The term "Certified Ethical Hacker (CEH)" refers to a training program for infosec experts. This training aims to arm you with the information, equipment, and resources you need to safeguard an organization. In reality, the intelligence services of the United States, the United Kingdom, and other nations recognize it as one of the fundamental certifications. Holders of a CEH certificate must recertify every three years to maintain their status.

    Background and Educational Prerequisites

    White hat hacking requires a lot of communication and problem-solving abilities. Along with knowledge and common sense, a white hat hacker must have excellent judgment, significant technical and organizational skills, and the capacity to keep it together under pressure.

    Every firm is free to set its standards, although a bachelor's or master's degree in information security, computer science, or mathematics offers a solid foundation. There are no universal educational qualifications for ethical hackers.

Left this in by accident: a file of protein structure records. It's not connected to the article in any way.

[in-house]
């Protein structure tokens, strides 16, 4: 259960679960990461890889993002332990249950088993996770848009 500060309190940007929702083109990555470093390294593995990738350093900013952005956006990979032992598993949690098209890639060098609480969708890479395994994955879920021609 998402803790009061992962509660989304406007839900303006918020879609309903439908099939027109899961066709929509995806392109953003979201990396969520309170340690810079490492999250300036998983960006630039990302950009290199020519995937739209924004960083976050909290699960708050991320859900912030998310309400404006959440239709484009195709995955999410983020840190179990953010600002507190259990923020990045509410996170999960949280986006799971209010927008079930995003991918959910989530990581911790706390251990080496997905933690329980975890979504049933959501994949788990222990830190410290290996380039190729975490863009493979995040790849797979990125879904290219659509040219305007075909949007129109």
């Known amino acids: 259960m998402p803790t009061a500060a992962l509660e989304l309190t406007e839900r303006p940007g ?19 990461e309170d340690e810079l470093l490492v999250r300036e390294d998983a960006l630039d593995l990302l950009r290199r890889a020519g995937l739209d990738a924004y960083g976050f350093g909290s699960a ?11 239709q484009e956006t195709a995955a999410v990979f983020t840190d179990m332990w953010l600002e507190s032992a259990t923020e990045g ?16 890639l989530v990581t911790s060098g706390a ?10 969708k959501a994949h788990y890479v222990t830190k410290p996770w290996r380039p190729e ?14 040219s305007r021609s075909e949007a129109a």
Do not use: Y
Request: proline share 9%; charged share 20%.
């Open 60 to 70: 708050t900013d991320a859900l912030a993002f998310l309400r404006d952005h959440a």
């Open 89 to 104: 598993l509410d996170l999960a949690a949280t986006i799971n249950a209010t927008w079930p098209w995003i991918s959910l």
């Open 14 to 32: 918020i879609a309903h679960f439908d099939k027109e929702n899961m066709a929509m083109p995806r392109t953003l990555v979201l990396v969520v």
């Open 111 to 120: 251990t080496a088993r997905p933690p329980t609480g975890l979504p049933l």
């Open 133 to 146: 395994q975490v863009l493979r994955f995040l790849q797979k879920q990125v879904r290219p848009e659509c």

You can also consider pursuing other certifications and training programs, such as:

    • Offensive Security Certified Expert (OSCE)
    • Offensive Security Certified Professional (OSCP)
    • Certified Register of Ethical Security Testers (CREST)
    • Computer Hacking and Forensic Investigator (CHFI)
    • Certified Information Systems Security Professional (CISSP)

    Technically, everyone who completes the course satisfactorily qualifies as a certified ethical hacker. In contrast, some certified ethical hackers (CEHs) are white hat hackers, but not all CEHs are. This distinction is crucial.

    Check out: How to Become an Ethical Hacker?

    Legal Issues with White Hat Hacking

    Companies hire ethical hackers to perform penetration testing , a method that helps establish the safety of the company's systems. Penetration testing is an essential commercial service. Just think of how a company would find vulnerabilities in its systems and strengthen defenses against real criminals without ethical hackers performing penetration testing.

    In spite of this, is ethical hacking moral? Perhaps even more importantly, is ethical hacking even legal?

    It depends on the situation whether or not white hat hacking is legal. The organization justifies its hiring of a white hat hacker and its authorization of the hacker to examine the organization's security defenses. Also, one argument is that it is important to check organizations' legal standings.